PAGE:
Friday, August 11, 2006

Breeding suspicion

There seems to be no better way to breed suspicion than to announce loudly that you've got a great plan and then to say to a particularly interested group, "But I can't tell you about it."

An American Legion official claims that's exactly what the Veterans Administration and the city are doing regarding potential city involvement in developing part of the green space on the VA grounds. These are hallowed grounds for vets. They have a huge interest in what happens there.

David Kurtz of the American Legion says that city officials have repeatedly maintained that the VA directed them not to discuss the matter with veterans organizations. A VA official denied it, but a city official avoided the question when asked directly.

There is no reason to disbelieve Kurtz, although who came up with the bright idea to shut out the veterans is unclear. What is clear is how damaging that decision has been. The city essentially has been left in a position of saying: "Have we got a deal for you -- just trust us." Vets, many of whom spent a large part of their lives being lied to by various units of government, have no reason to do so. They are left instead to wonder what there is about the plans that no one wants to talk about.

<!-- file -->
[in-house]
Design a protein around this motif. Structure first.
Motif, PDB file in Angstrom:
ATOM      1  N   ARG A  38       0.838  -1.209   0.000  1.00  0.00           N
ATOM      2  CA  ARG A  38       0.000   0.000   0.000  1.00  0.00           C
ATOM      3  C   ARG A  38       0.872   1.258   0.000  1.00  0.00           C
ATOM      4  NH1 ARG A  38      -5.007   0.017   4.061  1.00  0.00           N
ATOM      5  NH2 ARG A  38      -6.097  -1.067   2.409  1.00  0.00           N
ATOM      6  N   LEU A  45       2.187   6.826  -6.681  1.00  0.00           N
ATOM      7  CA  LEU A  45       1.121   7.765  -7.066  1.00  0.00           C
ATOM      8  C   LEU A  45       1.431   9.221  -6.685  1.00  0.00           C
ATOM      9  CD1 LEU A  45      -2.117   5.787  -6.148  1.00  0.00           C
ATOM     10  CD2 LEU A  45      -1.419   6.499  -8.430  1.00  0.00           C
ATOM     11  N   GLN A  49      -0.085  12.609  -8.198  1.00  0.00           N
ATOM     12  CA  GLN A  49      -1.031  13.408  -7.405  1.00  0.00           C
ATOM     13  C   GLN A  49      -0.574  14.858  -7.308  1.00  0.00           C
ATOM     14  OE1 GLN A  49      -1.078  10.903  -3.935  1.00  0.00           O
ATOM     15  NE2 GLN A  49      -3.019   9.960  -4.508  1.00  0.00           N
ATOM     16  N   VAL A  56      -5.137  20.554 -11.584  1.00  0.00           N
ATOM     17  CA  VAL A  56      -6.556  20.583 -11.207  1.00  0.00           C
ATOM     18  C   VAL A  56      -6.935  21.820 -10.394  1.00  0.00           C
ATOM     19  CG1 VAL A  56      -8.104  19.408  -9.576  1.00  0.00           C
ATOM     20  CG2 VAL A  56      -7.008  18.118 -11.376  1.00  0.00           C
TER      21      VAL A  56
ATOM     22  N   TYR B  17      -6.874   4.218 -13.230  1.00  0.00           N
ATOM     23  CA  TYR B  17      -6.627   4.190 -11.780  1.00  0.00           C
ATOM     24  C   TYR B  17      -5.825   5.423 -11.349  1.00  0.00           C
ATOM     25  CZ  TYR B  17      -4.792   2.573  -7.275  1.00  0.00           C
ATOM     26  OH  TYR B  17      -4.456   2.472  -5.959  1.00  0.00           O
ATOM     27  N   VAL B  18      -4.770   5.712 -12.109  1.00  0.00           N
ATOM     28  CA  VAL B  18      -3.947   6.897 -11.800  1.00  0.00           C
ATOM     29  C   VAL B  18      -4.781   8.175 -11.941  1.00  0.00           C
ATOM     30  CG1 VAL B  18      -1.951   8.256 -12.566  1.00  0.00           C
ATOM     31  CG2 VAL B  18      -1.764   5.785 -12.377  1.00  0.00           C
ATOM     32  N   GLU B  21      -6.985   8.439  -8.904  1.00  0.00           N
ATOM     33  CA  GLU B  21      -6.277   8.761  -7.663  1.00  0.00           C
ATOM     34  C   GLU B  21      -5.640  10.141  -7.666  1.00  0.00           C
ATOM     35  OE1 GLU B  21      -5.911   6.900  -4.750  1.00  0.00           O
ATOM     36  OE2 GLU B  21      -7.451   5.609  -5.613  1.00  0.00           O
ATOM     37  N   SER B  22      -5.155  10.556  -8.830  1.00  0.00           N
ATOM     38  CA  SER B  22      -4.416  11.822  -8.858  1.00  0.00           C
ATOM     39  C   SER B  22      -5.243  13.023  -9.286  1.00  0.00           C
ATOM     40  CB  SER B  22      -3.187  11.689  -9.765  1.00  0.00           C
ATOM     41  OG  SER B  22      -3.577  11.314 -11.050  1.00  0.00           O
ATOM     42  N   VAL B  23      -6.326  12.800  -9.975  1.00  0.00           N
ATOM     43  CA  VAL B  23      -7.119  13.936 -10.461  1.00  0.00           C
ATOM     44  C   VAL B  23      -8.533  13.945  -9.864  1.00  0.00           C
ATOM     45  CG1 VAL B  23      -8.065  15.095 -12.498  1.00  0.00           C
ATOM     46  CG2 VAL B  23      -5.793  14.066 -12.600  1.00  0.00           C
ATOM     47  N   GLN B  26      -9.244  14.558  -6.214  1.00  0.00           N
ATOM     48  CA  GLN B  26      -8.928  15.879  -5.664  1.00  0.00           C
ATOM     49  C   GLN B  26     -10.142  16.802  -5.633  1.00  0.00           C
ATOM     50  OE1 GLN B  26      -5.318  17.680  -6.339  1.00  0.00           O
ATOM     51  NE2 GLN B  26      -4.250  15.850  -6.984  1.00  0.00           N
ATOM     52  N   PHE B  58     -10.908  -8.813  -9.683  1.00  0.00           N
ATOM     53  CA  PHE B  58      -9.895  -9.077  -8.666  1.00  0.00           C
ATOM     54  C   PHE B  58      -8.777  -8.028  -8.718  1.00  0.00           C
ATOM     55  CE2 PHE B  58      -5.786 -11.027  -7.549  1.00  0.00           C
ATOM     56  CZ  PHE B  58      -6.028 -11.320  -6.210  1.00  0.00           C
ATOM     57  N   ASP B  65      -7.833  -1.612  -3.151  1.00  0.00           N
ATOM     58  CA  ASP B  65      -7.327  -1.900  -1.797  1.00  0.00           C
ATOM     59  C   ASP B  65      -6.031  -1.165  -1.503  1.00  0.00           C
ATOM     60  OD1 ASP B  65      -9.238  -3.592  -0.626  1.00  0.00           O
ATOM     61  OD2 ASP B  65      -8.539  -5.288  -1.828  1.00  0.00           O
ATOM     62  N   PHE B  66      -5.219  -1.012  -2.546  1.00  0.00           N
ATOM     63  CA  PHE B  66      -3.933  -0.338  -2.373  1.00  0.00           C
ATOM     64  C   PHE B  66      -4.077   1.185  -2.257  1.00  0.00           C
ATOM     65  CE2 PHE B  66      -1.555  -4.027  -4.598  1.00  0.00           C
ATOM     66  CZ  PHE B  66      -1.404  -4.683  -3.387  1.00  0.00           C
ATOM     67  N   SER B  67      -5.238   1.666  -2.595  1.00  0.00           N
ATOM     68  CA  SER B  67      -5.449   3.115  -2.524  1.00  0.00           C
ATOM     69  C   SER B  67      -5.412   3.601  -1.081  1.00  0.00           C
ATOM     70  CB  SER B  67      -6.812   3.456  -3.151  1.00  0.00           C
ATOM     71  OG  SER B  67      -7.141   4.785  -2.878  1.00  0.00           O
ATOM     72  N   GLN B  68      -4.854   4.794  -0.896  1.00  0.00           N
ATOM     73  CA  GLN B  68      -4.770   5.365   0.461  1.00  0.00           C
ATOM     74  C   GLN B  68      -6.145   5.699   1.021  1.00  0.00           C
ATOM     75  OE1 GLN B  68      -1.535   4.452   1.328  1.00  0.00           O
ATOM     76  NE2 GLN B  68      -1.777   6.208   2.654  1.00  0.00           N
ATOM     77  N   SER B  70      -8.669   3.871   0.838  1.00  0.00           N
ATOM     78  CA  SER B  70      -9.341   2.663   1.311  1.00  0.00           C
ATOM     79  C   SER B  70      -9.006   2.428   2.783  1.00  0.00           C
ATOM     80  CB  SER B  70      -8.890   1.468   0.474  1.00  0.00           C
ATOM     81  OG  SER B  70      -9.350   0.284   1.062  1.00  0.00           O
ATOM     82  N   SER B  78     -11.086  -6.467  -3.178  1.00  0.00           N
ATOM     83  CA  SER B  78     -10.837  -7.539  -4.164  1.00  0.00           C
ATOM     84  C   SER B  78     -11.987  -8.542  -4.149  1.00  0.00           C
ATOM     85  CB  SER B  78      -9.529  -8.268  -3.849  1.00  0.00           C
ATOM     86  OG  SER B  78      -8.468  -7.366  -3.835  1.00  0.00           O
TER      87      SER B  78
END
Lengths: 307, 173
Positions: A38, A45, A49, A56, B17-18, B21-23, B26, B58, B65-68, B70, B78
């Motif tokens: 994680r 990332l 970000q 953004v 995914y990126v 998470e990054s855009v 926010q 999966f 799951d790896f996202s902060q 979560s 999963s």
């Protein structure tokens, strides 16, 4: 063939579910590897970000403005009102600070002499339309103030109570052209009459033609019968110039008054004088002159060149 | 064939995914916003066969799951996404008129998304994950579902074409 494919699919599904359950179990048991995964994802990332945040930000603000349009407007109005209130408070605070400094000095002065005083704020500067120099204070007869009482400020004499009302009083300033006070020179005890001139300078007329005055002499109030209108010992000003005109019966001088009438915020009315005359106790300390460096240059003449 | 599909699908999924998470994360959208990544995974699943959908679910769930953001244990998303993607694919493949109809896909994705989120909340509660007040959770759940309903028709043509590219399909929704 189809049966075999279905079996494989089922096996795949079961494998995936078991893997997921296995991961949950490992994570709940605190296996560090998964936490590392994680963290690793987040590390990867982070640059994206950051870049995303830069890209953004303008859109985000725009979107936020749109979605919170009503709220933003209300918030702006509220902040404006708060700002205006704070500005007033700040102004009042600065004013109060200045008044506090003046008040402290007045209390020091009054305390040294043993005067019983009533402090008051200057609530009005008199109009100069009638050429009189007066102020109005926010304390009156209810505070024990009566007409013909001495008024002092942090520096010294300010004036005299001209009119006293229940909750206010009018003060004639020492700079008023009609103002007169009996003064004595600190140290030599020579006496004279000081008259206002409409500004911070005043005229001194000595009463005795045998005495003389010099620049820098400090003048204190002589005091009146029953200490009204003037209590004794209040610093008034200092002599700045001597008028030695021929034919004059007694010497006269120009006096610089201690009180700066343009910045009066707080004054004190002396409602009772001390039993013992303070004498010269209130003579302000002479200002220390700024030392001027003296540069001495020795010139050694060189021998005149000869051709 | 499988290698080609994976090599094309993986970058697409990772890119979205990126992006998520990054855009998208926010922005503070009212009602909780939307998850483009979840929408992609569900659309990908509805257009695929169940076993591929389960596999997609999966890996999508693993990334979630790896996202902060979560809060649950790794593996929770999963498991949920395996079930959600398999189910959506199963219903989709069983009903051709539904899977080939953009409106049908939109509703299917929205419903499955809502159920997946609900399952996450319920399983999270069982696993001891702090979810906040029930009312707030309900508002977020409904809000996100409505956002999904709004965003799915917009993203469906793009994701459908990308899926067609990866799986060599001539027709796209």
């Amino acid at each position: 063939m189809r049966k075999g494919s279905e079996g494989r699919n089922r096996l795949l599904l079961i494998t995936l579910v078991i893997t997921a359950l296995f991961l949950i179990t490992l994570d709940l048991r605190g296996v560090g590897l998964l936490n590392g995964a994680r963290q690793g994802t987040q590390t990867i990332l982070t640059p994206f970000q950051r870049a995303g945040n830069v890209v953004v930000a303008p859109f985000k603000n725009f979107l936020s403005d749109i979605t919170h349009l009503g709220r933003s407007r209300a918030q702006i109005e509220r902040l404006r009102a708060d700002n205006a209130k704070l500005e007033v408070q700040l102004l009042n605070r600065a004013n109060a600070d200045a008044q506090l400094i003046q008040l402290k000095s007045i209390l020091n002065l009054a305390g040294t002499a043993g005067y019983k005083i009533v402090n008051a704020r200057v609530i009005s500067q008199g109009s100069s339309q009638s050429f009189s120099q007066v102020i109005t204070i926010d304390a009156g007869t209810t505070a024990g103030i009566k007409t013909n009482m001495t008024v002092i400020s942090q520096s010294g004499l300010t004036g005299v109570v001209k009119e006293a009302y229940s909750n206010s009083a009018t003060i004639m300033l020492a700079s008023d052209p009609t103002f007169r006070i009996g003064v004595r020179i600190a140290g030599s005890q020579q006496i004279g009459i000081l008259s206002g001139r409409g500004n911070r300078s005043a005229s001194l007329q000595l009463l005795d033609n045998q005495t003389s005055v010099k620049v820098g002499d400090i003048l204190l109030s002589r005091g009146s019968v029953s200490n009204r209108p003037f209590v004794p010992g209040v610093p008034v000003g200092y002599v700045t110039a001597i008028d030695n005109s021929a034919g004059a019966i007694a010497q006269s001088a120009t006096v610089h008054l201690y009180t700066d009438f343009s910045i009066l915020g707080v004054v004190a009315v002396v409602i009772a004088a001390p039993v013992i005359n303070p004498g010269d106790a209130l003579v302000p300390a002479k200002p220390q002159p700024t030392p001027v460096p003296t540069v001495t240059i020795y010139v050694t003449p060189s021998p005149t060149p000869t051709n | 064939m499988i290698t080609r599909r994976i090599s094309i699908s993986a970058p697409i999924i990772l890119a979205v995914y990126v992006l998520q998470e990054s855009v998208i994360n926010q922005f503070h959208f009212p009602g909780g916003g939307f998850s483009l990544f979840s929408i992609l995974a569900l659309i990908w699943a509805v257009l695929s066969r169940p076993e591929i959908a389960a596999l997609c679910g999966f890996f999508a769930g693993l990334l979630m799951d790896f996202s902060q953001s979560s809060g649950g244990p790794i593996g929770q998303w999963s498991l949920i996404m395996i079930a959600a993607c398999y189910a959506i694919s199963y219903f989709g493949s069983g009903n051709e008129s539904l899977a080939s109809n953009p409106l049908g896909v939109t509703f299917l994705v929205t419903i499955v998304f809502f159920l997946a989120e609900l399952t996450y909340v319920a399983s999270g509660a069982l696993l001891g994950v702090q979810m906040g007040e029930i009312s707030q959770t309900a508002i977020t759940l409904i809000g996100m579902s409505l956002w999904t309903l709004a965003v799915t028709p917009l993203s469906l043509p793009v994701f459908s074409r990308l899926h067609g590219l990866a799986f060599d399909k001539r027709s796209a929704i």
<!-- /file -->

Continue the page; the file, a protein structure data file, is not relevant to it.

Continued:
The city's plans may be the finest in the world -- who knows? But the VA and the city, by refusing to communicate with a key constituency, have made the task of winning support for this project -- no matter how great it turns out to be -- that much harder.

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